Rajaai Abu 'Arqub, floorer
I work in Givat Ze'ev [a settlement north of Jerusalem] and have a permit. Last Sunday [ 26 April], I went by taxi from the center of Dura to Wadi a-Shajena , arriving around 3:30-4 P.M. I got out of the taxi about 100 meters from my house, and was carrying food in a plastic bag. Suddenly, I saw an army jeep in the street.
As I walked toward my house, a soldier called out to me and asked how old I was. Twenty-six, I said. He was tall, full-bodied, and dark-skinned, about thirty years old, maybe a bit more. He didn't ask any other questions. He came over to me and started to hit me. He slapped and punched me. I stepped back, to get away from him, and said, “What do you want from me? I'm on my way home.” He grabbed me by the neck, forcefully. Two soldiers came over. One of them, who was fair-skinned and in his late twenties, handcuffed me, blindfolded me, and pushed me into the jeep. I sensed that somebody else was in the jeep and quickly realized it was my neighbor, Medhat Ibrahim Shahin, who is twenty-five. I wear glasses, and the soldiers put the blindfold over them, so I managed to see a bit.
Five minutes later, the soldiers removed the two of us from the jeep. I saw four other detainees, but couldn't identify them. All were cuffed and blindfolded. The soldiers made us walk in a line, each of us grasping the shirt of the person in front of him. We walked like this for about 300 meters. The soldiers shoved us into a big vehicle and sat us down on the floor. One of the soldiers gave each of us a number and said he would call us later by number. I was number four.
We drove for a few minutes, until we go to the Adurim army base, where they took us to a large room with chairs. It was around 4:30 A.M. As I entered the room, somebody hit me in the chest and said mockingly, in Hebrew, “Sorry.” A soldier removed the blindfold, took off my eyeglasses, and blindfolded me again. They sat us down on the chairs. Soldiers came and went from the room and beat us: they slapped and kicked us. I heard them call one of the soldiers Oren. A soldier came over and told me, saw that my eyeglasses hung on my shirt., and said “Your glasses are nice.” He kicked me in the chest and hit me and my glasses. I cried out in pain. Another soldier asked what happened, and the soldier who kicked me said he hit me by mistake.
While sitting in the room, I managed to identify the voices of two of the detainees: my uncle 'Ayesh Hassan 'Ajwah , 31, and Muhammad Isma'il Abu ‘Arqub, 17. Later, soldiers removed the blindfolds and handcuffs, one after the other, fingerprinted us, and then cuffed and blindfolded us again. We repeatedly asked to go to the bathroom and requested water. Only after midnight did they let us go to the bathroom, and one of them brought us water.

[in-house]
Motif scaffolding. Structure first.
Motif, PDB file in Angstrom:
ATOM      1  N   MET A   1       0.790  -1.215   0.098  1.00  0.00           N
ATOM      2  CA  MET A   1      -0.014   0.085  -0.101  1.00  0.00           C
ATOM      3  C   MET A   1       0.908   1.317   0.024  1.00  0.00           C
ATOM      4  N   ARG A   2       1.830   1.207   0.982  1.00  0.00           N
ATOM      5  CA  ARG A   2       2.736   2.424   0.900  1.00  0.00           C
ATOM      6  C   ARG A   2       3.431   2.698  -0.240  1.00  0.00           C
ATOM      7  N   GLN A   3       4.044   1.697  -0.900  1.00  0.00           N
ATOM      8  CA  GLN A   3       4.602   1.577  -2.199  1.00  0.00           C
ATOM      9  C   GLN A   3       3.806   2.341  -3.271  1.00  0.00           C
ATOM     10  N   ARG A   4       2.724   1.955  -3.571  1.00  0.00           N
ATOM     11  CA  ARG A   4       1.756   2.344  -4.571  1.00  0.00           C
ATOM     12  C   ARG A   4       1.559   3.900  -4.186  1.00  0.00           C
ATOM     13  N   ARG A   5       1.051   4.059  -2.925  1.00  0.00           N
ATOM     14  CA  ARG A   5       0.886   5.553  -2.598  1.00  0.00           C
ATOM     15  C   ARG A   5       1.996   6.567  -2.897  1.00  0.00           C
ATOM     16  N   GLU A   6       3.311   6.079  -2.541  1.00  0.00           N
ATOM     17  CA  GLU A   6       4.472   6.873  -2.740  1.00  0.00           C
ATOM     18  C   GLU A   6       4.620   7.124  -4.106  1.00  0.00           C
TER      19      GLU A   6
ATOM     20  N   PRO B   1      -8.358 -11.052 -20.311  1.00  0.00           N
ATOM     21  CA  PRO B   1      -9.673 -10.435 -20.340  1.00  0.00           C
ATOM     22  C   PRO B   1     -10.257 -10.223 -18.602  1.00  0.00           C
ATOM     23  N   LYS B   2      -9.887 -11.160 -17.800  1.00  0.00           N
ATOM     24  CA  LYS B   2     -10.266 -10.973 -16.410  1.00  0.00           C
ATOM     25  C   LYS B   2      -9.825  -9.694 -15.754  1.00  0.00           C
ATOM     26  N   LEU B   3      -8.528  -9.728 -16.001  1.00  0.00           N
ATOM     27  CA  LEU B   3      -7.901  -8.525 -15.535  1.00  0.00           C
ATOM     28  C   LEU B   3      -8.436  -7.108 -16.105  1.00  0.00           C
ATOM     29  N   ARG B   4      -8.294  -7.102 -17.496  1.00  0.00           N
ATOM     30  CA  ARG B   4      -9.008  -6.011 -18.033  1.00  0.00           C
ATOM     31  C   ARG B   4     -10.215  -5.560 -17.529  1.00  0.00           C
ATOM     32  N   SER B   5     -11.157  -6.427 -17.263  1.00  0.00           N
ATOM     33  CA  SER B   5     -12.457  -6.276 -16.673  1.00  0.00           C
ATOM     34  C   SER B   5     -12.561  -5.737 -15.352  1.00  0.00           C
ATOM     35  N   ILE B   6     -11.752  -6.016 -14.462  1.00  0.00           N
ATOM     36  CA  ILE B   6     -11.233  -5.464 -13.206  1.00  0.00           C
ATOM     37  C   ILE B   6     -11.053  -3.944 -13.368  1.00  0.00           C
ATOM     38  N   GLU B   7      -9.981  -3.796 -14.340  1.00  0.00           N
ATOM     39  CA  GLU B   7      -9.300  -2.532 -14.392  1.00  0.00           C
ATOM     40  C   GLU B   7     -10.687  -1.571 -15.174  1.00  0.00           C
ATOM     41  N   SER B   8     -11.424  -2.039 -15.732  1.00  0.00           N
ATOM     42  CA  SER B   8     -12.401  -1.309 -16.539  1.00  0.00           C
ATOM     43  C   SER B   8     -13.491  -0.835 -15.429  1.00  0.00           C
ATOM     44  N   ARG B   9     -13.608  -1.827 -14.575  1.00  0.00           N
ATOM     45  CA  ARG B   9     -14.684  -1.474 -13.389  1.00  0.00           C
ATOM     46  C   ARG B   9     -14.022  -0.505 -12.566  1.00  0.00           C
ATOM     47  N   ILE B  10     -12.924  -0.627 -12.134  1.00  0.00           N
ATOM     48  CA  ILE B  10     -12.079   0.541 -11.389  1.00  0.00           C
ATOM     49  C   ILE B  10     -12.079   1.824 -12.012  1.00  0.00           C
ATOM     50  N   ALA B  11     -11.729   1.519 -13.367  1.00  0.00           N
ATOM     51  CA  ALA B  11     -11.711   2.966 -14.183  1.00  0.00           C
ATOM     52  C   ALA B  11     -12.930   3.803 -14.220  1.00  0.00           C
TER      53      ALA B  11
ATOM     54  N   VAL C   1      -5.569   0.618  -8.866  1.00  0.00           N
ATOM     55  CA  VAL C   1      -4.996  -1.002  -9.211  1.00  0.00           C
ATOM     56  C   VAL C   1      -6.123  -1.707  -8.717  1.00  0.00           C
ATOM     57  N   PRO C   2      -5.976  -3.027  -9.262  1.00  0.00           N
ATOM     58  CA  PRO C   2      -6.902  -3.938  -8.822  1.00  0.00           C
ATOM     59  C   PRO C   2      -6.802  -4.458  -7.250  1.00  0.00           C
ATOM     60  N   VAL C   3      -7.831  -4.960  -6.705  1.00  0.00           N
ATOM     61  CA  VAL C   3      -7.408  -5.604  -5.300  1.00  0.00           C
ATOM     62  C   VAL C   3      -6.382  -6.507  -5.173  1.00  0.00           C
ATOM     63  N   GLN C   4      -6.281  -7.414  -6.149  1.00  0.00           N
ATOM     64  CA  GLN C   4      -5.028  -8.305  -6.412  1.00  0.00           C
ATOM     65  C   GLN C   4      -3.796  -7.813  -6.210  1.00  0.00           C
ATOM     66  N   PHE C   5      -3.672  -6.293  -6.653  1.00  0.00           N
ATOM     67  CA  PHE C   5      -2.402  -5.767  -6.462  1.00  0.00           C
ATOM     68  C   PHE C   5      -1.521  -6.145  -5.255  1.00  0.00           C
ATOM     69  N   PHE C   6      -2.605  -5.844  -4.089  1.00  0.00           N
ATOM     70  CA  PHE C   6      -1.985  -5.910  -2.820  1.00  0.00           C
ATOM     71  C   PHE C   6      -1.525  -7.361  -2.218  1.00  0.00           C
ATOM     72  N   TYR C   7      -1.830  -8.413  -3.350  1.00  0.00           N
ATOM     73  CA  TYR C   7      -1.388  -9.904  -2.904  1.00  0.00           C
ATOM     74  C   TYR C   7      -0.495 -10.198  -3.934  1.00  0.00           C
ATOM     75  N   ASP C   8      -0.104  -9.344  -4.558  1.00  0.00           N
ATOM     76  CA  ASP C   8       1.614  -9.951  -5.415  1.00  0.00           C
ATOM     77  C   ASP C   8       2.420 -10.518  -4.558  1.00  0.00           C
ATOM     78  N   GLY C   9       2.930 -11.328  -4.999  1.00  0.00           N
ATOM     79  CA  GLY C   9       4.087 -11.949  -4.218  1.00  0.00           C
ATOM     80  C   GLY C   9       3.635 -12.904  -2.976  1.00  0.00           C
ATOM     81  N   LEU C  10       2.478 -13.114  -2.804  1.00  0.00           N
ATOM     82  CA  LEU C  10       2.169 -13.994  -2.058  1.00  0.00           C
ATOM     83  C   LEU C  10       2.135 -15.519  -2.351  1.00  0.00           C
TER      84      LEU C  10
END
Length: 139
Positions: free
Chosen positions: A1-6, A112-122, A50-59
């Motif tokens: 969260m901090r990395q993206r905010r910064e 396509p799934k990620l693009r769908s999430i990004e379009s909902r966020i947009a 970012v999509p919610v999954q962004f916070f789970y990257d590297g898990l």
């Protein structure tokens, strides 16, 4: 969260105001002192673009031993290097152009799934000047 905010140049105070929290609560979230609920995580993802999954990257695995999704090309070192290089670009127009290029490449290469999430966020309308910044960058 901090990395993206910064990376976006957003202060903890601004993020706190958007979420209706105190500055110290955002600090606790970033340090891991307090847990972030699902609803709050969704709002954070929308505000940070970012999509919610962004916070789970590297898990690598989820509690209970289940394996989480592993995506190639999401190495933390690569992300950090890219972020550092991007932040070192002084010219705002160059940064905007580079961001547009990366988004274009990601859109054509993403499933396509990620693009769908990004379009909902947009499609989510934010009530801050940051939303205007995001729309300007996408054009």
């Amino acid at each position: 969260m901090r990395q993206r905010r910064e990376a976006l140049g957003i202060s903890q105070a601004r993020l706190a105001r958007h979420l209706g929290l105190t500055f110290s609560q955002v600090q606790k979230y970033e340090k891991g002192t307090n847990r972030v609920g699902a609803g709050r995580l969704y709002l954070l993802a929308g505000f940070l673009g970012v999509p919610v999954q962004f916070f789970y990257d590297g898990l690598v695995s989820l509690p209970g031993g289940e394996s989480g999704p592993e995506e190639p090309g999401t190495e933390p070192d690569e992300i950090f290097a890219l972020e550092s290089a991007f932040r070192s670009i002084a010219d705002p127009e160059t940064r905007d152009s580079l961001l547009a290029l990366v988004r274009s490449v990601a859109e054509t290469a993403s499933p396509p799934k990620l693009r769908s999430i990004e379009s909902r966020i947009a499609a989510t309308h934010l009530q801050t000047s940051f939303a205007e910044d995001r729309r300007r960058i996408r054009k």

We sat there like that for hours. Around 1:30 A.M., soldiers turned on the TV and began to play soccer on a Play Station. They shouted and laughed and mentioned names of soccer players, like Raul, Messi, and Zidan. They drank, ate, and laughed, but they didn't bring us any food.
I got very tired sitting in the chair. My whole body hurt, especially my neck and back. We were not allowed to sleep. At one point, Muhammad fell asleep and was snoring, so a soldier hit him. I heard him cry out. />
We sat like that until around 4:30 A.M., when a soldier called me and Saber by our numbers. They took us to an army jeep, where a soldier, standing outside the jeep, asked me where my identity card was. I told him it was in my back pants' pocket. A soldier checked my pants' pockets, but he didn't take out my identity card. Instead, he pulled out my wallet and said, "What's this?" A few moments later, he put the wallet back in my pocket.
The soldiers put me into the jeep, violently, slapping and punching me. They also put Saber into the jeep, which drove slowly for 10-15 minutes. A soldier sat with us in the back. We sat on the floor. All the way, he swore at us, kicked us, and hit us with the butt of his rifle. When the jeep stopped, the soldiers pushed us out. I fell to the ground, and Saber fell next to me. While lying on the ground, two or three soldiers kicked us and hit us with their rifles. After a few minutes, they told us to get up. One of them removed my blindfold. I looked at him with an angry look on my face, and he said, “Why are you looking at me like that?” I told him I was looking at him in a normal way. He slapped me. It was dark, and I didn't know where we were. I asked him, “Where are we?” “Get out of here,” he replied. I walked a few steps, limping. He came over and kicked me twice. I continued walking, and the jeep drove off.
I managed to see a bit, due to the light from the street lights, and I also used the light from my cell phone. I opened my wallet and saw that the soldier had stolen 140 shekels from me.
We were on Route 60, 300 meters from my house. Saber and I walked until we reached the village in a few minutes later. I was totally exhausted when I got home. A half an hour later, 'Ayesh called and said that the soldiers had taken him and ‘Ali to Khursa, near the Abu Srar gas station. He could barely speak, he was so weak. I went by car with my father to pick up 'Ayesh and ‘Ali./>
Later, I went to al-Fawwar refugee camp, in Muhammad's brother Majd's car, and we all then went to the hospital. Rajaai told me that he underwent the same experience with the soldiers, who beat him and left him someplace. At the entrance to the village, we met my father, who was driving ‘Aish, and we took him with us to ‘Aliyah Hospital, where we were examined and treated.
I still feel terrible because of what I underwent. We sat in that room and got beaten, for about fourteen hours./>/>
Rajaai Taleb Hassan Abu 'Arqub, 26, single, is a floorer and a resident of Wadi a-Shajena in Hebron District. His testimony was given to Musa Abu Hashhash at the witness's house on 30 April 2009.